Lovecraft’s writing has been examined more critically in recent years, and the arguments over his legacy have been a sort of microcosm for the larger conversations about race and representation in sci-fi and horror. Mamatas is sharp but fair, never mocking Lovecraft fans, but pulling the veil reveal the complexities of fandom for the late writer.
Infomocracy by Malka Older
In a year with a contentious election, it would seem that reading a book about a futuristic election might be a bit much. That’s not the case with Malka Older’s Infomocracy. Set in the indeterminate future, the world is divided into small districts, and the party that controls the most districts controls policy for the entire planet.
Infomocracy is a intellectually stimulating thriller that follows a handful of characters who work for various political parties and election systems. The story hinges on how a voting public receives and interprets information — and how parties manipulate that perception. It’s a book that’s all too relevant in 2016.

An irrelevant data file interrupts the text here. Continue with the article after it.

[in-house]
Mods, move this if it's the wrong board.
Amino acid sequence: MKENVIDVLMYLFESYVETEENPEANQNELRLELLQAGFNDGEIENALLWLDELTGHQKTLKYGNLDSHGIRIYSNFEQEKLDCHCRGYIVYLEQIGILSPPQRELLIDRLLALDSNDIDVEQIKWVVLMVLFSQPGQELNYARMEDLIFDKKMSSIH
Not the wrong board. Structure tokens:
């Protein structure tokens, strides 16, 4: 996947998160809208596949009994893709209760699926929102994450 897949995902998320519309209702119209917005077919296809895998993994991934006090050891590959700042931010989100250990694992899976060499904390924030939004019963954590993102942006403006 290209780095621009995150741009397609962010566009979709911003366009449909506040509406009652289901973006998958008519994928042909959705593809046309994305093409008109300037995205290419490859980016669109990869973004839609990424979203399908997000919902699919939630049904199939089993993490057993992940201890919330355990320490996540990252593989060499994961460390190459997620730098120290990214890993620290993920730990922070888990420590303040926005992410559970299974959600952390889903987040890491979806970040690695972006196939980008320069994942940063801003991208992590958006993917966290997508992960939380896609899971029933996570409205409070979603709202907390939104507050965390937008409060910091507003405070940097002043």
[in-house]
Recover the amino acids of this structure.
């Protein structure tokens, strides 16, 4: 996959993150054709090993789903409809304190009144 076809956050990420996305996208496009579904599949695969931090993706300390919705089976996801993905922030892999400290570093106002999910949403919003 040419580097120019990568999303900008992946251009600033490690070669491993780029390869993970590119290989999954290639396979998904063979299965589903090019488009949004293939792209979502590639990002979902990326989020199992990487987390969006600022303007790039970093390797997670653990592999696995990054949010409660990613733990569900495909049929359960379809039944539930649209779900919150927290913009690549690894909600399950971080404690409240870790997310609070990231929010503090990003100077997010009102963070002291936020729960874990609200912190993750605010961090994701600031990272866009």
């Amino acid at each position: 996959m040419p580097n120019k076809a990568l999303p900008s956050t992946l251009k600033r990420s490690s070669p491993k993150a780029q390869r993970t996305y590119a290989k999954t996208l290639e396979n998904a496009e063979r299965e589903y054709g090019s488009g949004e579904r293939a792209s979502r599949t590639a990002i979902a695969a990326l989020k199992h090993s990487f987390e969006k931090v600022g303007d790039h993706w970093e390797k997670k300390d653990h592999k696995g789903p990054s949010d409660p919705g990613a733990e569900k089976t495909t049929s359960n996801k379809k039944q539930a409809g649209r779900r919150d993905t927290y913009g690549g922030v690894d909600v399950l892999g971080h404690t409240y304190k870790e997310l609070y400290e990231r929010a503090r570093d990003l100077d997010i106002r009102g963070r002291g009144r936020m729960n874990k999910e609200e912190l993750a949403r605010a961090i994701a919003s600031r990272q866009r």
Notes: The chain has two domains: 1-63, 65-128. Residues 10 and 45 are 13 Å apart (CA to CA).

The Last Mortal Bond by Brian Staveley
Sticking a landing is difficult for long fantasy novels. In 2014, Brian Staveley burst onto the scene with The Emperor’s Blades, an excellent start to a fantasy epic. He extended his engrossing, complicated world and cast of amazing characters in 2015’s The Providence of Fire. In The Last Mortal Bond, which concludes the trilogy, an ancient race called the csestriim have returned to destroy humanity. Three siblings — Valyn, Adare, and Kaden — each have their own conflicting roles to play as they work to save the Annurian Empire.
In some fantasy epics, you’ll see a creator build a world and let the story play out. What makes The Last Mortal Bond such a delight to read is Staveley’s knack for invention: his world grows and grows, only wrap up in an unexpected (but no less satisfying) end.
Arkwright by Allen M. Steele